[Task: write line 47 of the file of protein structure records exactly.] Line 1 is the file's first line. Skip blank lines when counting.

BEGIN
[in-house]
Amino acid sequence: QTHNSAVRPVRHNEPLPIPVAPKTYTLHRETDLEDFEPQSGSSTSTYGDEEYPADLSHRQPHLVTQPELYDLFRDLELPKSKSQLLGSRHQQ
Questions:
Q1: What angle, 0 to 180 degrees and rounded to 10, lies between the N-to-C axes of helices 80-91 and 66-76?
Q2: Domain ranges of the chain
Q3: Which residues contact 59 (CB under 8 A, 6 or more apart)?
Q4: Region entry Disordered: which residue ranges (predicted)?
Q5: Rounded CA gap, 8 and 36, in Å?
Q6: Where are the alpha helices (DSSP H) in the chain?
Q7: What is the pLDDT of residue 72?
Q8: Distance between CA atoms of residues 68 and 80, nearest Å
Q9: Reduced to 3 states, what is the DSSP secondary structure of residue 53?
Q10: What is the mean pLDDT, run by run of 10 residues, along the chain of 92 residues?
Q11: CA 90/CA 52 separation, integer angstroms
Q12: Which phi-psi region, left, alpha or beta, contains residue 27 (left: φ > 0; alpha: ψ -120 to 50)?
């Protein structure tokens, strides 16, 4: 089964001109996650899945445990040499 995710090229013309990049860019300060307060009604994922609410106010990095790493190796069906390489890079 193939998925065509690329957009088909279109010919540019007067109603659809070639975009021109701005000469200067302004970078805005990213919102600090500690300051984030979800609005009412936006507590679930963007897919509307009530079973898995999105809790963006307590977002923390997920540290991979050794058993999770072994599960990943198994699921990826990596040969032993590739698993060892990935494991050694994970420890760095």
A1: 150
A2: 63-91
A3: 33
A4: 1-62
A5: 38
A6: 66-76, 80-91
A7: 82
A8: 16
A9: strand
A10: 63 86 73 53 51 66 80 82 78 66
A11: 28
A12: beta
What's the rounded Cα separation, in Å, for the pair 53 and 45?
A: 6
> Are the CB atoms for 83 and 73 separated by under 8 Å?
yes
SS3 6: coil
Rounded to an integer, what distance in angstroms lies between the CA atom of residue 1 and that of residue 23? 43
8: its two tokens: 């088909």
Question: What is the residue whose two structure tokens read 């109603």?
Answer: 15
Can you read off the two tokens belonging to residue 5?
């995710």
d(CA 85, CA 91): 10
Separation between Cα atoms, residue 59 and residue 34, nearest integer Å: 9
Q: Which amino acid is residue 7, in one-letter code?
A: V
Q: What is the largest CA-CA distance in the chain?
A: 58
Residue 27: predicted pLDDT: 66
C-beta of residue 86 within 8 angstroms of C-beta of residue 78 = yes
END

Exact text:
C-beta of residue 86 within 8 angstroms of C-beta of residue 78 = yes